Thursday’s need-to-know money news

Today’s top story: Smart strategies for fighting back against inflation. Also in the news: Easing into credit cards with a simple cash-back card, Medicare and dental implants, and these 6 psychological biases may be holding you back from building wealth.

Wary of Credit Cards? Ease In With a Simple Cash-Back Card
No-fee, flat-rate cash-back cards offer useful rewards and benefits as beginners learn about credit cards.

Smart Strategies for Fighting Back Against Inflation
Plan purchases carefully and trade variable-rate debt for fixed interest rates to help offset rising prices.

Does Medicare Cover Dental Implants?
Original Medicare doesn’t cover dental implants, but you may be able to find coverage elsewhere.

These 6 psychological biases may be holding you back from building wealth
How to overcome them.

Monday’s need-to-know money news

Today’s top story: How poor credit could raise your renters insurance rates. Also in the news: A new episode of the Smart Money podcast on buy now/pay later loans and how to start building wealth, crypto-earning credit cards, and the retailers that offer the best employee discounts.

How Poor Credit Could Raise Your Renters Insurance Rates
Having poor credit could make your renters insurance nearly twice as expensive.

Smart Money Podcast: Buy Now, Pay Later Loans and How to Start Building Wealth
These offers are common when shopping online, but they aren’t always a good option.

Crypto-Earning Credit Cards Are All the Rage — But Should You Buy In?
The crypto curious might benefit, but most people will likely do better with a traditional rewards credit card.

These Retailers Offer the Best Employee Discounts
Something to consider if you’re job hunting.

Thursday’s need-to-know money news

Today’s top story: Equifax messed up – who pays? You do. Also in the news: 5 foolproof ways to build wealth without a lottery ticket, 3 ways to score after iPhone 8 and iPhone X release, and your ‘money personality’ is first step to financial freedom.

Equifax Messed Up — Who Pays? You Do

5 Foolproof Ways to Build Wealth — No Lotto Ticket Needed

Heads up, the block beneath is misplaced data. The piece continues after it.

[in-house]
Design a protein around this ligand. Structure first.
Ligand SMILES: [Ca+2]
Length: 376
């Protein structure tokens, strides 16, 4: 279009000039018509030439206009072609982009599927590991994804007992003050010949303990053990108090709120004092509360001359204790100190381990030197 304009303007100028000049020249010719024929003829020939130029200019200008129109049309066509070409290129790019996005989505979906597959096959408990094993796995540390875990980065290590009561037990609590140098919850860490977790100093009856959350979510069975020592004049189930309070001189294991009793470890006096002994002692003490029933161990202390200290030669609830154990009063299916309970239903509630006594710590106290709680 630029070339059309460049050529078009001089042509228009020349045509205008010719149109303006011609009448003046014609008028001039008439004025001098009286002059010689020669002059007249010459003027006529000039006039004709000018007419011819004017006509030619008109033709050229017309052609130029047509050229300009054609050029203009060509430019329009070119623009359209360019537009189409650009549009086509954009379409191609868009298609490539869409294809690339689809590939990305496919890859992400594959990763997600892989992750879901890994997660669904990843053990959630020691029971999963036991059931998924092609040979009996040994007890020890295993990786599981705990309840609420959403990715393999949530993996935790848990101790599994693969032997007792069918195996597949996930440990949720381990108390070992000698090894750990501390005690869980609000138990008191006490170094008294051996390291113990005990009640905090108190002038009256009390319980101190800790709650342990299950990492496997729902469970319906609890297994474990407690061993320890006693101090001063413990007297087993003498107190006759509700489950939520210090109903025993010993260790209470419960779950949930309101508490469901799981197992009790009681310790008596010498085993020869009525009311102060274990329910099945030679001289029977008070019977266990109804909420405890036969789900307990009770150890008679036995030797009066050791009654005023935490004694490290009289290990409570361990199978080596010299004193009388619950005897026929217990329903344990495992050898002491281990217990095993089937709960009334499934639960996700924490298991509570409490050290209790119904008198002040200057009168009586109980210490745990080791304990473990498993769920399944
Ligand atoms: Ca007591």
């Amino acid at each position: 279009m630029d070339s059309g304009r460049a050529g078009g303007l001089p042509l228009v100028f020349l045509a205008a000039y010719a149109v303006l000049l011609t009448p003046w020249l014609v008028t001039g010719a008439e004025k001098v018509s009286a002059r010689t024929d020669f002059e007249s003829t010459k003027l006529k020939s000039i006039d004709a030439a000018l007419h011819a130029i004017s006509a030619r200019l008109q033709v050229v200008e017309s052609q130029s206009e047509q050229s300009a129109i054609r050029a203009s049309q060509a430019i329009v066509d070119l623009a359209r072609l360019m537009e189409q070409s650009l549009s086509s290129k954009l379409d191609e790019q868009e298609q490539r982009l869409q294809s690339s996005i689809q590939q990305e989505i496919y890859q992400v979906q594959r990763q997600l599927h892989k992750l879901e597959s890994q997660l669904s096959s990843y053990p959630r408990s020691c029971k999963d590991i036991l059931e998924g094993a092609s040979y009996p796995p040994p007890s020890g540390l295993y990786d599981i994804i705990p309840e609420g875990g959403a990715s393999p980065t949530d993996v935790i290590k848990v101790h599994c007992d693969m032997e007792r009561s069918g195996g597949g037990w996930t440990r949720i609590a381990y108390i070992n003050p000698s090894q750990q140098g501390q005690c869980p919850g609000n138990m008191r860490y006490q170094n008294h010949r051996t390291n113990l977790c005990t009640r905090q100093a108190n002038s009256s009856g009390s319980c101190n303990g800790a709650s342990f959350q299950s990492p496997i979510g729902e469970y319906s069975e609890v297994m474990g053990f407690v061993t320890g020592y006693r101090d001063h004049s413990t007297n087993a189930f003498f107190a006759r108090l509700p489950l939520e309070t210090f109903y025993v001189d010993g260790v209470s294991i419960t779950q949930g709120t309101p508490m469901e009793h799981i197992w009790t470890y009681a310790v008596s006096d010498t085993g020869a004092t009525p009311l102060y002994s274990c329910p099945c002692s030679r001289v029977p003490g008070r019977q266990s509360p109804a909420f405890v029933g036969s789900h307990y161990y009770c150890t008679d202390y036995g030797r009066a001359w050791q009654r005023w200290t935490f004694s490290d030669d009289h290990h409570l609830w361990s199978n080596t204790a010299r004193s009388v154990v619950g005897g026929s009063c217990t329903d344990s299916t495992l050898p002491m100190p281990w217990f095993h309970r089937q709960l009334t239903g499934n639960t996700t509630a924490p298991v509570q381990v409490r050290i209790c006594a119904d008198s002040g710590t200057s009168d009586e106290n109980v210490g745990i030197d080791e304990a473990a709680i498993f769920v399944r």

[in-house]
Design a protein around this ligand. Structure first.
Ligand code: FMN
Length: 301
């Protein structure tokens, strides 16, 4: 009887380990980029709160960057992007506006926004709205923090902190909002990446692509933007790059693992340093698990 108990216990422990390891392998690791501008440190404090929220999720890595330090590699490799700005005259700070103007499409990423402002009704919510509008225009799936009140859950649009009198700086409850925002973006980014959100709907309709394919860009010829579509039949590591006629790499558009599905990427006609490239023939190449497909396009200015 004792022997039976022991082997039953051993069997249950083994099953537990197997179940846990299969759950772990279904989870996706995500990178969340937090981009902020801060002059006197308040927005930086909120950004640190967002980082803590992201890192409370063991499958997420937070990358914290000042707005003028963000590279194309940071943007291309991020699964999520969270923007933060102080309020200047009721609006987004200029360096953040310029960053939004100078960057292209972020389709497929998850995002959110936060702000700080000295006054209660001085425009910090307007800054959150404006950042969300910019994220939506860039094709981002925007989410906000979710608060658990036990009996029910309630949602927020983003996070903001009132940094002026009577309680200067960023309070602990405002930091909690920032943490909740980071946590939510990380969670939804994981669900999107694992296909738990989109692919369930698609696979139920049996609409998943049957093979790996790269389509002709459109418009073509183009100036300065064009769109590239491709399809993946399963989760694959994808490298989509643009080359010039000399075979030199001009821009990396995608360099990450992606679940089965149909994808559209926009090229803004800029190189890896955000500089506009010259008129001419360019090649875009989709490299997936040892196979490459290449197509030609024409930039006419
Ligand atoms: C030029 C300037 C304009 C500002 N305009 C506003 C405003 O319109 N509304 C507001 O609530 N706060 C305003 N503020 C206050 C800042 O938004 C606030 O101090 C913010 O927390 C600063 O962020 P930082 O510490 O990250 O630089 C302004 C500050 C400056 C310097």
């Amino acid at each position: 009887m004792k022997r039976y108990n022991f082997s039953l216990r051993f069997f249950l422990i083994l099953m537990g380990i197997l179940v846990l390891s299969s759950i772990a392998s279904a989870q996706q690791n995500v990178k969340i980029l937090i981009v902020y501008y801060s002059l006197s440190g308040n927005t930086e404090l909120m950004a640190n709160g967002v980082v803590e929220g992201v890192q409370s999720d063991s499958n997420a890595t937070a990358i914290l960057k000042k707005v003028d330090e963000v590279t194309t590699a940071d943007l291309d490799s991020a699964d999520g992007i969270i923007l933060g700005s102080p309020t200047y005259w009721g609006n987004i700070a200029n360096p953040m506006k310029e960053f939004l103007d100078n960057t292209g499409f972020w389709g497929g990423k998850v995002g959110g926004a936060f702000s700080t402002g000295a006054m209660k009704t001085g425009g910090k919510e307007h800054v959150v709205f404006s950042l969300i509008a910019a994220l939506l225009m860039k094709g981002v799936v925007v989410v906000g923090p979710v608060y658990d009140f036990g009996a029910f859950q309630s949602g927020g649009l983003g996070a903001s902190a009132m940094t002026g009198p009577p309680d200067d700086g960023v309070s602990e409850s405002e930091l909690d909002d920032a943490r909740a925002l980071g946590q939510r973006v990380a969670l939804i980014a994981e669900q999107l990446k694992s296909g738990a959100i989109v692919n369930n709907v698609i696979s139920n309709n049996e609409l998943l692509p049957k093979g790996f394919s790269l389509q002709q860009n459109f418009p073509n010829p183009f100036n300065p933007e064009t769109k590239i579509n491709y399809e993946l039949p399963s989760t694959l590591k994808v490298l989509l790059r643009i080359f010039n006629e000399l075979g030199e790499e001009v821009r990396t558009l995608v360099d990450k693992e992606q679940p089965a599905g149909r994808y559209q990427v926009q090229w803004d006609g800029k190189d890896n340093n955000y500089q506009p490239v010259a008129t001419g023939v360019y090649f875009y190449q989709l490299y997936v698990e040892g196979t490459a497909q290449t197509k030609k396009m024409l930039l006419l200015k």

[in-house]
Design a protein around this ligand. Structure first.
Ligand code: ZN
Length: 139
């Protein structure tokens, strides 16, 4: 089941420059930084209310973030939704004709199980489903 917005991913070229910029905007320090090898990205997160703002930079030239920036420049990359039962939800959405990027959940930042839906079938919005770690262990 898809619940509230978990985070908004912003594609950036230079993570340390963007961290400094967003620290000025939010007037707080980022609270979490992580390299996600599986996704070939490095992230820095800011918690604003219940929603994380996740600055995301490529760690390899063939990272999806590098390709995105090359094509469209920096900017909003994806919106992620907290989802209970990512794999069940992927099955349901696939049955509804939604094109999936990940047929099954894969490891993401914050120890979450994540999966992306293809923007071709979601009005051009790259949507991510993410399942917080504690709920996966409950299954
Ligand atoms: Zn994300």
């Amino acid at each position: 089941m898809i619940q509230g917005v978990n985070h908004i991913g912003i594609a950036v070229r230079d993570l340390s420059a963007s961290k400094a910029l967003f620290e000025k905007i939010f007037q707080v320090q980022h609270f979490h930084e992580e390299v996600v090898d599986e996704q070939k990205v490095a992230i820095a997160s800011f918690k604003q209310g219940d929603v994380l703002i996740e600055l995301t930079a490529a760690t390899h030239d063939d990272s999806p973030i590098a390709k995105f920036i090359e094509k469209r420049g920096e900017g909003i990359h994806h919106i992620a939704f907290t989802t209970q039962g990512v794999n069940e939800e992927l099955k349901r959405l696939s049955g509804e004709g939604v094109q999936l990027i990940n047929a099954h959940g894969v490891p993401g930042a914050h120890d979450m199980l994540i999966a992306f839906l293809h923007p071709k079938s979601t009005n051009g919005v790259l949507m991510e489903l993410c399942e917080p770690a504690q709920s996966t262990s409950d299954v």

3 Ways to Score After iPhone 8, iPhone X Release

Your ‘money personality’ is first step to financial health

The recipe for building wealth hasn’t changed

Building wealth has gotten harder for most people in recent years. But the habits that can make you rich haven’t changed.

It boils down to this: putting aside money, regularly and consistently, that can be invested for your future. You have to leave that money alone to grow, which means you also need an emergency fund. And you must be careful with debt, because the wrong kinds can erode your wealth rather than build it.

It’s a simple formula but one that’s become increasingly hard to implement as incomes stagnate and prices rise. A shocking number of American households — nearly half, by the Federal Reserve’s last count — don’t have enough savings to cover an unexpected $400 expense. Our inability to save has contributed to a 21 percent decline in household median net worth between 1998, the year median incomes peaked in America, and 2013, the last year for which Fed stats are available.

Hardest-hit are households in the lower middle class, which in 2013 meant incomes from $23,300 to $40,499. Their net worth fell by half.

In my latest for the Associated Press, how to use the habits of wealthy people to build for your future.

Friday’s need-to-know money news

847_interestrates1Today’s top story: Why the Fed’s rate changes won’t immediately impact your loans. Also in the news:Why all credit checks aren’t created equal, how to avoid an IRS audit, and the four pillars of building wealth.

Why Fed Moves Won’t Hugely Affect Your Loans Anytime Soon
A slow creep instead of a dramatic jump.

Do All Credit Checks Hurt My Credit?
Not all credit checks are created equal.

How to avoid an IRS tax audit
Avoiding an unpleasant experience.

No Matter What, Building Wealth Always Comes Down to These Four Pillars
The four constants.

Target to Settle Data Breach for $10 Million
One of the largest breaches in retail history.